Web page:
Essentially everyone wants their child to have a college education and understands the benefits of that education. Yet large fractions of Americans do not have access. Essentially everyone understands that the roots of innovation, economic development, and social progress in America reside in the education of mainstream Americans. The GI Bill of 1944 enabled the education of what was then the mainstream, returning GIís who in turn enabled the enlightened economic and social progress of America. Mainstream Americans today are men and women of many ethnicities, mostly in cities. Their lack of access, at best, is a drag on Americaís ability to provide enlightened leadership and, at worst, will be a major cause of our decline. We now know how to assure quality and measure learning outcomes via the internet and on campuses. Letís put it to use to provide access and, thereby, assure innovation and social progress going forward. Letís believe in our young people; they are motivated, just as were the returning GIís.
State universities and state governments are involved in a blame game that is bad for America.
State funding on a per student basis for state universities has been in decline for 25 years. State governments blame the universities for not controlling costs, for excessive duplication, and for lack of accountability for learning. State universities blame state governments for not understanding what they do or how important they are. Parents and students are caught in the middle as they pay higher tuition and incur more debt. The cycle of blame in the dialogue is in process right now, as stateís establish their FYí07 budgets. University leaders must stop playing the game and choose two priorities on which to act: (1) the education of the stateís students and (2) research on the stateís issues. Money will follow.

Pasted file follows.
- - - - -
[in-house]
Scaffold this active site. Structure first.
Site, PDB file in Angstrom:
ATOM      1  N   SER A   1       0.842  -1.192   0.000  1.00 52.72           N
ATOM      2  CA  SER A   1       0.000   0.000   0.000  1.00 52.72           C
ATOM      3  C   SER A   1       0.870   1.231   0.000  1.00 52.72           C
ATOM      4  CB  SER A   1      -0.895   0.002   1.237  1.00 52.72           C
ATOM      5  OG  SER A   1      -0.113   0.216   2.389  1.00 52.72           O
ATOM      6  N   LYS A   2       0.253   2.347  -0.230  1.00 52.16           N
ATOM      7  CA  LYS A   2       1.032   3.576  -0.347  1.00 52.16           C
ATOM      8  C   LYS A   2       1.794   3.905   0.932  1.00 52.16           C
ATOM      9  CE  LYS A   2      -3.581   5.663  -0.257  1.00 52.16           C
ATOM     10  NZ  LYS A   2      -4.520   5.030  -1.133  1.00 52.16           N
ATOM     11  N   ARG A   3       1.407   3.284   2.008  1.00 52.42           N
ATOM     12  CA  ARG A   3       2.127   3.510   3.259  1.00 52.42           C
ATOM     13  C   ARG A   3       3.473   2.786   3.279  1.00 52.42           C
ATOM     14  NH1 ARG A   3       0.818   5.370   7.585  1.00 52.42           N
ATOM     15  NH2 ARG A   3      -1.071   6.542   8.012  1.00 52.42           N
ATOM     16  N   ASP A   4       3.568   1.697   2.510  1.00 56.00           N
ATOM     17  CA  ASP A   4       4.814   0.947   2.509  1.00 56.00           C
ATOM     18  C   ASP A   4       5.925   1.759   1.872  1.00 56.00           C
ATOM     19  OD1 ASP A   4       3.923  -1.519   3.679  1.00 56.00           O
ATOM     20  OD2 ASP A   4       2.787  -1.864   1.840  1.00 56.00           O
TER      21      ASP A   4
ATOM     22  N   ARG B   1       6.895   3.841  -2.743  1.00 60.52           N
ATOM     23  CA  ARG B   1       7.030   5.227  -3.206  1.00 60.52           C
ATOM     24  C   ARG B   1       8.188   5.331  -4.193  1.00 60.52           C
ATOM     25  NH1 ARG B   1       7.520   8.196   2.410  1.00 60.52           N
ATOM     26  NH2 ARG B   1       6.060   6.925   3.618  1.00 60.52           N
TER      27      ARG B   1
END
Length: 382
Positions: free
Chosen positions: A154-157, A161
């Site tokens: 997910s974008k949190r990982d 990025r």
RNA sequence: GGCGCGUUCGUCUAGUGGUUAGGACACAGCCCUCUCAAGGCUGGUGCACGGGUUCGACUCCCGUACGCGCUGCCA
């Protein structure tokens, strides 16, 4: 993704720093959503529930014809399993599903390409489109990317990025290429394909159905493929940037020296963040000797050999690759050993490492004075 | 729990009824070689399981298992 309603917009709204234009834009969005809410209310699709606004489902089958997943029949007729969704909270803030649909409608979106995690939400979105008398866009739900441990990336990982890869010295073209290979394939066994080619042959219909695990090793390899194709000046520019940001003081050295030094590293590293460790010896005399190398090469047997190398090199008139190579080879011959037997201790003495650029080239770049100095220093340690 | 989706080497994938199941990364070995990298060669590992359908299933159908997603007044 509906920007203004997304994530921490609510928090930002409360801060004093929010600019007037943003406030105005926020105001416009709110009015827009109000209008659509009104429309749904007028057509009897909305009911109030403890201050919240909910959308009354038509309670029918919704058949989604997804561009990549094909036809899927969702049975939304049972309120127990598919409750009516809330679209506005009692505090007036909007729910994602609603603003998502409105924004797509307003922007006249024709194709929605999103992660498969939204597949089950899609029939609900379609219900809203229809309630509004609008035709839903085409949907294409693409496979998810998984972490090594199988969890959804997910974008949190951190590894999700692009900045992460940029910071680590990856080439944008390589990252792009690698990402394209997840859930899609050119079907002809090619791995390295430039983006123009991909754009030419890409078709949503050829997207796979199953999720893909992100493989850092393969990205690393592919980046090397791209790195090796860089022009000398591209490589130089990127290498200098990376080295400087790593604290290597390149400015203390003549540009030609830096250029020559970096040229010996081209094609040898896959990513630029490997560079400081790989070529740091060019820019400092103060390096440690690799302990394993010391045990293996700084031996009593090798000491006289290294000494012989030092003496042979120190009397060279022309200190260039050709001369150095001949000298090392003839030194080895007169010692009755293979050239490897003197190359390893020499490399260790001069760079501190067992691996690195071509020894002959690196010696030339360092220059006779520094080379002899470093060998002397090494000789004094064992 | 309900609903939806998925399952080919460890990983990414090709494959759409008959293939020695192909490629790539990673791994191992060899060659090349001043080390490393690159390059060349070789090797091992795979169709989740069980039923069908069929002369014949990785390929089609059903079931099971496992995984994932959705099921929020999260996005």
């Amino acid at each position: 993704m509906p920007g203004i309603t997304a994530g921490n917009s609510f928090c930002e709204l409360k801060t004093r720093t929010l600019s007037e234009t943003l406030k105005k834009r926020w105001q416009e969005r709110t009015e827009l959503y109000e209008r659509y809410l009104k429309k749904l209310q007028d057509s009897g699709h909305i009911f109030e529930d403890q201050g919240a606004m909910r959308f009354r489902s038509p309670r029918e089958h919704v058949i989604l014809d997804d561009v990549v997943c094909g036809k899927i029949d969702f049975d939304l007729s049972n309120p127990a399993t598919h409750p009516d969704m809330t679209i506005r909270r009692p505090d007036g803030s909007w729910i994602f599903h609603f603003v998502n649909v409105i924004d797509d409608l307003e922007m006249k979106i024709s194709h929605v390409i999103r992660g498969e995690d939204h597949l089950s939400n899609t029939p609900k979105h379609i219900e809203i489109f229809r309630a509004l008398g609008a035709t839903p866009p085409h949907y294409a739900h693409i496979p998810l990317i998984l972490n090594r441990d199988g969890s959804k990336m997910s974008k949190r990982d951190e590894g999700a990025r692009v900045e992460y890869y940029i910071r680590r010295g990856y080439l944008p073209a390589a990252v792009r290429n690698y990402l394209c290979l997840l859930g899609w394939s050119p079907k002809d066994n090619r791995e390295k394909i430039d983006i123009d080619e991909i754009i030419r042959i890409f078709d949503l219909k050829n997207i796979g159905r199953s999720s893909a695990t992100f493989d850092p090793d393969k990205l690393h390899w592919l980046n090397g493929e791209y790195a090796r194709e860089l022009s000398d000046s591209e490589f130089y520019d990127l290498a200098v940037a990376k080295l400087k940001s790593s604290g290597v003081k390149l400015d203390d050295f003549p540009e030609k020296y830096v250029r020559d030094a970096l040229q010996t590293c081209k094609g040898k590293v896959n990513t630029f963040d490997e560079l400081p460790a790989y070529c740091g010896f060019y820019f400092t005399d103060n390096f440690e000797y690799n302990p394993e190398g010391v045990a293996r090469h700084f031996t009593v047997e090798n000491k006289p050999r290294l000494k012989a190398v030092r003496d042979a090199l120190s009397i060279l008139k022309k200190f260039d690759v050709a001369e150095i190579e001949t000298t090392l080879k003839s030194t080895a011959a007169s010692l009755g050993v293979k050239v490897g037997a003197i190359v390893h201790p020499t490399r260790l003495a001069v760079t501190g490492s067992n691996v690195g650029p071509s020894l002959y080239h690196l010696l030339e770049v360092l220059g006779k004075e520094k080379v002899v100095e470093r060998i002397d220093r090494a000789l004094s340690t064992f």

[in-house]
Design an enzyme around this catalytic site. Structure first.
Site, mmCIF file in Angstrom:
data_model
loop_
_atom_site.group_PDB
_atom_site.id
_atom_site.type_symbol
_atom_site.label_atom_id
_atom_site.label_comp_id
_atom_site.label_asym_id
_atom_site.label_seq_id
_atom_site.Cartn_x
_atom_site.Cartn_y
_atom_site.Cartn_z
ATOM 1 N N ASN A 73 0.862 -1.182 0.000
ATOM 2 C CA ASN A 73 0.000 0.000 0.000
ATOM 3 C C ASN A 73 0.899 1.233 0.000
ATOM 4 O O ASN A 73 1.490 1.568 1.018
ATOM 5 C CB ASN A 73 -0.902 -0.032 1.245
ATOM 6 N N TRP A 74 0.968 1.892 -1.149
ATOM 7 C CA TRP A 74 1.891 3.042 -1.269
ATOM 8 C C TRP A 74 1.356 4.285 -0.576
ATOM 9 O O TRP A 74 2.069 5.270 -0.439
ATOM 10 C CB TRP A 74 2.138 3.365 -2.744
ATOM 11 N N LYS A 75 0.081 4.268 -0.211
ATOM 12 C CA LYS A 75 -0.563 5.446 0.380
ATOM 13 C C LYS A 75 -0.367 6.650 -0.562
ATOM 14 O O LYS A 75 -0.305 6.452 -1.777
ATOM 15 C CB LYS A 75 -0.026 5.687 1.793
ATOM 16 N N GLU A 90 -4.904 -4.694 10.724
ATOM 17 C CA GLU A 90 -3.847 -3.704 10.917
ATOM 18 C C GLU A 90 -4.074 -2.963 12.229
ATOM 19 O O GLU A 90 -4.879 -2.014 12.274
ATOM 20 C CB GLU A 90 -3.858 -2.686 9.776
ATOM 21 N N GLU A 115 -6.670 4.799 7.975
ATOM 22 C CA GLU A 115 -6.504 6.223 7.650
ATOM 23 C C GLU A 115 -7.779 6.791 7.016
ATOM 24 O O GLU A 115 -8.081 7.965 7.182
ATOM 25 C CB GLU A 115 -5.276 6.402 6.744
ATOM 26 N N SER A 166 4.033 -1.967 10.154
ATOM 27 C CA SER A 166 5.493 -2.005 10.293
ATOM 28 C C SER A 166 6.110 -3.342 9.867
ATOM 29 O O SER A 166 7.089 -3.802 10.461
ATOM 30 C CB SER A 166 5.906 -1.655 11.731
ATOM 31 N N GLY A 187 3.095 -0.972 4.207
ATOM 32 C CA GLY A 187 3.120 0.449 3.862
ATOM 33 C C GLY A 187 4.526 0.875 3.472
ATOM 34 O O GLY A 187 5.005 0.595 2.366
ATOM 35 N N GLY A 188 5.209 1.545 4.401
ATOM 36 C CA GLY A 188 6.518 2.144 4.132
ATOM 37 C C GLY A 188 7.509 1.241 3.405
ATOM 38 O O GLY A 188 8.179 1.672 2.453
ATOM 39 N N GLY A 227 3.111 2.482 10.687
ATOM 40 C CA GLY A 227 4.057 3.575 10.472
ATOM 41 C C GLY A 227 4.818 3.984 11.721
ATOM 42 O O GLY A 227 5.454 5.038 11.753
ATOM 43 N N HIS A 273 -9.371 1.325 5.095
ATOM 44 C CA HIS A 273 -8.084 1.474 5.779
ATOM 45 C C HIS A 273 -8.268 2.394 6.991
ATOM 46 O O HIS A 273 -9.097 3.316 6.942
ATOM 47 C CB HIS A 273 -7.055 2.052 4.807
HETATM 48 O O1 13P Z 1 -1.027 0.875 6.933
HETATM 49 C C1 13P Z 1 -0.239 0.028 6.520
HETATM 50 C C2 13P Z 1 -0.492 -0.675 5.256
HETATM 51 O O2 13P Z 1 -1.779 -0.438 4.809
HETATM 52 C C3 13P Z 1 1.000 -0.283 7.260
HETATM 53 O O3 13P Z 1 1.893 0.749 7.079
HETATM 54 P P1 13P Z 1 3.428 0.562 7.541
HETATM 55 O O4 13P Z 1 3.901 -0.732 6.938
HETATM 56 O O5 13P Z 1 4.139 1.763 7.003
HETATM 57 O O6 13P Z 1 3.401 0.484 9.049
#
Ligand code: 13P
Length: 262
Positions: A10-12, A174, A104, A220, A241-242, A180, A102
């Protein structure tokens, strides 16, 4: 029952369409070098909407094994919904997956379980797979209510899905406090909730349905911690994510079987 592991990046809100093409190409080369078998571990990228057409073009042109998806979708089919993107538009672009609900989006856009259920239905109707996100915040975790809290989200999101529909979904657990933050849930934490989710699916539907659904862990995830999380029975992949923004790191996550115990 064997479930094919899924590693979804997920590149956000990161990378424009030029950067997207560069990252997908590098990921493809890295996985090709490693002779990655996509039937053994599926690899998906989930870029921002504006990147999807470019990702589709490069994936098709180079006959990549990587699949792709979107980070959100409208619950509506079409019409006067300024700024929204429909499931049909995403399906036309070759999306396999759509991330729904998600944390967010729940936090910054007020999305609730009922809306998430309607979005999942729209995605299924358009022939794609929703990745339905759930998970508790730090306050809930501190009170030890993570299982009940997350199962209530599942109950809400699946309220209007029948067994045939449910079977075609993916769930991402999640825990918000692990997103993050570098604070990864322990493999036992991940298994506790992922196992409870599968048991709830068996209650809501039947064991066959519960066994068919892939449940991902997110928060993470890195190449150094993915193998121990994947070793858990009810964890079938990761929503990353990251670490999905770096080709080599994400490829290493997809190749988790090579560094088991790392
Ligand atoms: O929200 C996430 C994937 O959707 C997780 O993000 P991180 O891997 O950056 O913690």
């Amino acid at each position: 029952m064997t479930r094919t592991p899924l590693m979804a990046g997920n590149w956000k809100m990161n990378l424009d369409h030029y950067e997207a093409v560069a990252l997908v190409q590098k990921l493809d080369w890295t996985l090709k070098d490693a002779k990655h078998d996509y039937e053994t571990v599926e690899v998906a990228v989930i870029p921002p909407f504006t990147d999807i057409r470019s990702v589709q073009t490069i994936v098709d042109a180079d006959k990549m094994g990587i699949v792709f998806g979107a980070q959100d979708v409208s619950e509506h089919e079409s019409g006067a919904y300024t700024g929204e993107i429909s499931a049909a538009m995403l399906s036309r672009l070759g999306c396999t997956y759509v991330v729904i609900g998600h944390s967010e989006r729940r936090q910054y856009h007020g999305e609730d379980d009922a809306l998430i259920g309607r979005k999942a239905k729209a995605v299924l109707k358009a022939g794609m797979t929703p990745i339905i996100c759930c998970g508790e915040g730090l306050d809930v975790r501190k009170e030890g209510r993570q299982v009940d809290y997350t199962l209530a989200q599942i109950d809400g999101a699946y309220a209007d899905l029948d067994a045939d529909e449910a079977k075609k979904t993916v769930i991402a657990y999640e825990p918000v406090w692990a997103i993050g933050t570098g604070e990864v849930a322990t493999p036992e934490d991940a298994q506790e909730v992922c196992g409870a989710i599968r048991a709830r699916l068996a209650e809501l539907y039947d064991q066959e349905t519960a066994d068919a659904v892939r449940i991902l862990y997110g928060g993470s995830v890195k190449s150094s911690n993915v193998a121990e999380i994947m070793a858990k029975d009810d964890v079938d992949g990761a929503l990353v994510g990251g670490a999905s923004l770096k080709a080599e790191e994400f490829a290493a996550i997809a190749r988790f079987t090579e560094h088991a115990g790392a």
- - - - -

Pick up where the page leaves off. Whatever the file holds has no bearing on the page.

Tenure in universities provides freedom for faculty to pursue truth without political interference. As such it is essential to enlightened progress for America. I see signs that the faculty themselves may be the cause of the negative perceptions of the public about tenure. Indeed, as tenure was conceived, the freedom that it confers carries with it the responsibility for assuring the performance of colleagues, for collegial behavior of colleagues, and for support of the institution which provides the tenure. I fear that the faculty voices for academic responsibility are muted, a sure sign that academic freedom can be abused until it is lost. That would be bad for America.
Land grant universities were charged to educate the mainstream students of the state in which they are located, to support the economic development priorities of that state with their research, and to help advance social progress in the state through engagement with the social issues. They have been diverted from that charge for a host of reasons. Renewal of that commitment to the state will benefit the state and the nation, as well as the university.
The change conversation in state universities, one filled with great ideas put forth by great people, has been underway for 15 years.Why has so little changed?Why have so few of the ideas put forth taken hold or been implemented at the university level, the state level, or the federal level?
State funding for state universities has generally declined for 25 years (on a per student basis).Universities have responded by increasing the cost of tuition, compensating for the loss in state revenue.University leaders lament the consequences--- inability of many young people to afford to attend the state university and higher debt burdens for those who do attend.I believe that states will be happy to increase funding for their state universities, but only when the state universities make the needs of the state their top priority.I am compiling a set of specific examples of programs in state universities that are particularly attentive to state needs.Please provide your examples and I will compile them in a vision for a prosperous state university.